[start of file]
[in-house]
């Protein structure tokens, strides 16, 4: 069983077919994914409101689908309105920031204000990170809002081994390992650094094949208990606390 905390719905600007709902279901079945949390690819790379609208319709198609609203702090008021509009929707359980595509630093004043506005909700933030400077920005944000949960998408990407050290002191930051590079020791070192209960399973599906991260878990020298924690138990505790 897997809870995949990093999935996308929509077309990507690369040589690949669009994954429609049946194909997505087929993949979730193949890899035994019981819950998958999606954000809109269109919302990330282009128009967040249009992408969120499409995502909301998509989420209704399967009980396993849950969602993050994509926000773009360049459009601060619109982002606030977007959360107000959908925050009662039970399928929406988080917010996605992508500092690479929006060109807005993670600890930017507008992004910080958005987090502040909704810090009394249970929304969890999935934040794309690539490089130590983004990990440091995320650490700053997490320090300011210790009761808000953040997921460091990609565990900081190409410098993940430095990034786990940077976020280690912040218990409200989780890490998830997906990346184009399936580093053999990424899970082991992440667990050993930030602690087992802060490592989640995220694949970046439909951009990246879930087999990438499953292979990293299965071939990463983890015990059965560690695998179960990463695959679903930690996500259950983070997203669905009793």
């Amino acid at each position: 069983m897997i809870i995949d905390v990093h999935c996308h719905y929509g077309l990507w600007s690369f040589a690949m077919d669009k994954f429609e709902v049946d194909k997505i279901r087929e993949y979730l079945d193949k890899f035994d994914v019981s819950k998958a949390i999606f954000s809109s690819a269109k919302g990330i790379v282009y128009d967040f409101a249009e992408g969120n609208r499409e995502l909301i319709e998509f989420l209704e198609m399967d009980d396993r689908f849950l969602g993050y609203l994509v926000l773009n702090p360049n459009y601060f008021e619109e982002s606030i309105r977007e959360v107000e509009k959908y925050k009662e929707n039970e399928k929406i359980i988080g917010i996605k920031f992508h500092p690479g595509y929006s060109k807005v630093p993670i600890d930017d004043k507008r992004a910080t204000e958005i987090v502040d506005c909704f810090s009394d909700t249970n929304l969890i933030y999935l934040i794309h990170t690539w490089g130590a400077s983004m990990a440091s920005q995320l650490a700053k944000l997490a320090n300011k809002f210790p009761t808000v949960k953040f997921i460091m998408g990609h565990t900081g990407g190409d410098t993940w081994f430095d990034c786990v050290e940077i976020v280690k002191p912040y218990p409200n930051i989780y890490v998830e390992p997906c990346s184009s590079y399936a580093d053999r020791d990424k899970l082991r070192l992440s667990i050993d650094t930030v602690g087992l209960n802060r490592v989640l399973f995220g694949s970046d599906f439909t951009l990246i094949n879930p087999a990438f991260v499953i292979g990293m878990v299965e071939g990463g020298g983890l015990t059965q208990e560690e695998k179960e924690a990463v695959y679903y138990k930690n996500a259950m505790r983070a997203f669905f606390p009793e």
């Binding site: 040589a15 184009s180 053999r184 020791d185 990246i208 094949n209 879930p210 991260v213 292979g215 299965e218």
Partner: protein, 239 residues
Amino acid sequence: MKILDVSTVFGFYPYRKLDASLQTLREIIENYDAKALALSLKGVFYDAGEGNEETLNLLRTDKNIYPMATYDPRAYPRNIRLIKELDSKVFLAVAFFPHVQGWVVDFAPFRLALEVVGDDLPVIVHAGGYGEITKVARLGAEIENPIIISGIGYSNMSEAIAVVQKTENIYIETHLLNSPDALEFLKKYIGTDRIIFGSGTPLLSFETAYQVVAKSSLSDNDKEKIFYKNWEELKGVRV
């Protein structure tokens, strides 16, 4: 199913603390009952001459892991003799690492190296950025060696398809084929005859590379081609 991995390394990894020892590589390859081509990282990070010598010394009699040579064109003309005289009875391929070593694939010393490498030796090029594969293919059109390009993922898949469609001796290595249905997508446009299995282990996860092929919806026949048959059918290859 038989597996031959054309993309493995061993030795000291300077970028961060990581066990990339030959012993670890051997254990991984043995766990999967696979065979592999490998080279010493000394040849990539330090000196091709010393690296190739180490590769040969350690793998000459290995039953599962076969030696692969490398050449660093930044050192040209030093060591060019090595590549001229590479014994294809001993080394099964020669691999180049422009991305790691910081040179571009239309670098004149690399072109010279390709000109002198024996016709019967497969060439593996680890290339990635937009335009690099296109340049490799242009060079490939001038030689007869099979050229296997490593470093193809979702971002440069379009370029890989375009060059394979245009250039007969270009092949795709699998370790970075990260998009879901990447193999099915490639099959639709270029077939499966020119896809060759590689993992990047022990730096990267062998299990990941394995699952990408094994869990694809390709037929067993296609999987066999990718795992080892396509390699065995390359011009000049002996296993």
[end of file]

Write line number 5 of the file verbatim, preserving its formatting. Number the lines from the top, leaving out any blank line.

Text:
Partner: protein, 239 residues